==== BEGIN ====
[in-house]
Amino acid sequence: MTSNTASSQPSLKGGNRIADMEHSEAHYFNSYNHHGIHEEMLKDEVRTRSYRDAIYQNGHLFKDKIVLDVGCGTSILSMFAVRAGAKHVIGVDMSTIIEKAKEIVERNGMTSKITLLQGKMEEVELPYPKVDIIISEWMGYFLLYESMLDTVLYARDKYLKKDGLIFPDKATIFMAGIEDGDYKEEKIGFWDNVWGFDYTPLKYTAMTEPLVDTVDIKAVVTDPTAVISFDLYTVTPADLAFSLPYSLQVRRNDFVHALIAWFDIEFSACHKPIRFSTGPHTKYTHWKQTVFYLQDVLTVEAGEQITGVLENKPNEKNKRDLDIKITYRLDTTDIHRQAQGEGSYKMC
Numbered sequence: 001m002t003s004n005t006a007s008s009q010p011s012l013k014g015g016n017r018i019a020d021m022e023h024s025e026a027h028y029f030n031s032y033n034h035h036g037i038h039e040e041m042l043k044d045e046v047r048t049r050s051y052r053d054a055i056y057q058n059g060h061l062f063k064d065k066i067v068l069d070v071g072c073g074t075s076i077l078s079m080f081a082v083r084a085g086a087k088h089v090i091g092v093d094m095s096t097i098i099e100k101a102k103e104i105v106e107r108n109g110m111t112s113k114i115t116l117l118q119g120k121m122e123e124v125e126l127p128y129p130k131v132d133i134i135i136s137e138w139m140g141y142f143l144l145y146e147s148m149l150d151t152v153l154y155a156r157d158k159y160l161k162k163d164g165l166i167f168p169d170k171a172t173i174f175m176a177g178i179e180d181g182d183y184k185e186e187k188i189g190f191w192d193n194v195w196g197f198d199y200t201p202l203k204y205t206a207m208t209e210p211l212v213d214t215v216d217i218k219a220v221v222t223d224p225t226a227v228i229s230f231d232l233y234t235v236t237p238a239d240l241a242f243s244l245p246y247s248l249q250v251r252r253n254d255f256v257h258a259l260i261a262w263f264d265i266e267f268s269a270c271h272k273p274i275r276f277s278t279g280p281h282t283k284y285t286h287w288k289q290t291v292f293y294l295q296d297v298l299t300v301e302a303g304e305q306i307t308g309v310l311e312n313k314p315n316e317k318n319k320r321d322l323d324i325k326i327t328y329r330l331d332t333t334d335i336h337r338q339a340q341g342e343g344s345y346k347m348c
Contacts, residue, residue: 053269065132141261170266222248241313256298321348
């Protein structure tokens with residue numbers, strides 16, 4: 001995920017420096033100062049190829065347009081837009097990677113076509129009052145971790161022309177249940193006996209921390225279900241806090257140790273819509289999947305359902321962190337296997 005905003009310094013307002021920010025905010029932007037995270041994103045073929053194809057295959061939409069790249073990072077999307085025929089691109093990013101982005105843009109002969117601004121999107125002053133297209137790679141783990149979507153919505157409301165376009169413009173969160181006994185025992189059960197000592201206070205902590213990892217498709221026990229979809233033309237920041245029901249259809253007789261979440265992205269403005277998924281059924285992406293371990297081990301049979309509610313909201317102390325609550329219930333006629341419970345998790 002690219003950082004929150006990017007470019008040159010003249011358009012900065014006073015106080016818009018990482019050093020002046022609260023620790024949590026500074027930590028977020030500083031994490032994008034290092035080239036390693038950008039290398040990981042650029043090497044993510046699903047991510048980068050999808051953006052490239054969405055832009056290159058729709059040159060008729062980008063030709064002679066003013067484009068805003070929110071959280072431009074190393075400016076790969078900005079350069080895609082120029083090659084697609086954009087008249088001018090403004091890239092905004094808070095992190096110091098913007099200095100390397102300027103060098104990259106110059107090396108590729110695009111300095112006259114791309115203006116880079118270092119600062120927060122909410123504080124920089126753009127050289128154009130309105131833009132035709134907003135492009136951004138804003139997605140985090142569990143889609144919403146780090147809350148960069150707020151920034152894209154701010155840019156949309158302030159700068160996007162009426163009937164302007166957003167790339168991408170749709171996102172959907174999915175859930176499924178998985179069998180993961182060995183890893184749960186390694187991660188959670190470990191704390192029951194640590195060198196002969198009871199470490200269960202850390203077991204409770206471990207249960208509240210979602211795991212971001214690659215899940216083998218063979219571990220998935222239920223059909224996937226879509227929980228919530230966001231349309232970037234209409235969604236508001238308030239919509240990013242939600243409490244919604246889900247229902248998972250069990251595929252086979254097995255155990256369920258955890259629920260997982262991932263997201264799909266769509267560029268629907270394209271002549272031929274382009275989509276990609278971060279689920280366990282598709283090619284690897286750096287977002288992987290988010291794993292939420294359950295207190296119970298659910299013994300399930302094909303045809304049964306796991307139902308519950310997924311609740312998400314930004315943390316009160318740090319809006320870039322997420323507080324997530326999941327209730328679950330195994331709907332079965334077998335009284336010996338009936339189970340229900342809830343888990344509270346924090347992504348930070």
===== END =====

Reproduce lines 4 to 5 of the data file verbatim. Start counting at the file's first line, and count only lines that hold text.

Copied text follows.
Contacts, residue, residue: 053269065132141261170266222248241313256298321348
């Protein structure tokens with residue numbers, strides 16, 4: 001995920017420096033100062049190829065347009081837009097990677113076509129009052145971790161022309177249940193006996209921390225279900241806090257140790273819509289999947305359902321962190337296997 005905003009310094013307002021920010025905010029932007037995270041994103045073929053194809057295959061939409069790249073990072077999307085025929089691109093990013101982005105843009109002969117601004121999107125002053133297209137790679141783990149979507153919505157409301165376009169413009173969160181006994185025992189059960197000592201206070205902590213990892217498709221026990229979809233033309237920041245029901249259809253007789261979440265992205269403005277998924281059924285992406293371990297081990301049979309509610313909201317102390325609550329219930333006629341419970345998790 002690219003950082004929150006990017007470019008040159010003249011358009012900065014006073015106080016818009018990482019050093020002046022609260023620790024949590026500074027930590028977020030500083031994490032994008034290092035080239036390693038950008039290398040990981042650029043090497044993510046699903047991510048980068050999808051953006052490239054969405055832009056290159058729709059040159060008729062980008063030709064002679066003013067484009068805003070929110071959280072431009074190393075400016076790969078900005079350069080895609082120029083090659084697609086954009087008249088001018090403004091890239092905004094808070095992190096110091098913007099200095100390397102300027103060098104990259106110059107090396108590729110695009111300095112006259114791309115203006116880079118270092119600062120927060122909410123504080124920089126753009127050289128154009130309105131833009132035709134907003135492009136951004138804003139997605140985090142569990143889609144919403146780090147809350148960069150707020151920034152894209154701010155840019156949309158302030159700068160996007162009426163009937164302007166957003167790339168991408170749709171996102172959907174999915175859930176499924178998985179069998180993961182060995183890893184749960186390694187991660188959670190470990191704390192029951194640590195060198196002969198009871199470490200269960202850390203077991204409770206471990207249960208509240210979602211795991212971001214690659215899940216083998218063979219571990220998935222239920223059909224996937226879509227929980228919530230966001231349309232970037234209409235969604236508001238308030239919509240990013242939600243409490244919604246889900247229902248998972250069990251595929252086979254097995255155990256369920258955890259629920260997982262991932263997201264799909266769509267560029268629907270394209271002549272031929274382009275989509276990609278971060279689920280366990282598709283090619284690897286750096287977002288992987290988010291794993292939420294359950295207190296119970298659910299013994300399930302094909303045809304049964306796991307139902308519950310997924311609740312998400314930004315943390316009160318740090319809006320870039322997420323507080324997530326999941327209730328679950330195994331709907332079965334077998335009284336010996338009936339189970340229900342809830343888990344509270346924090347992504348930070």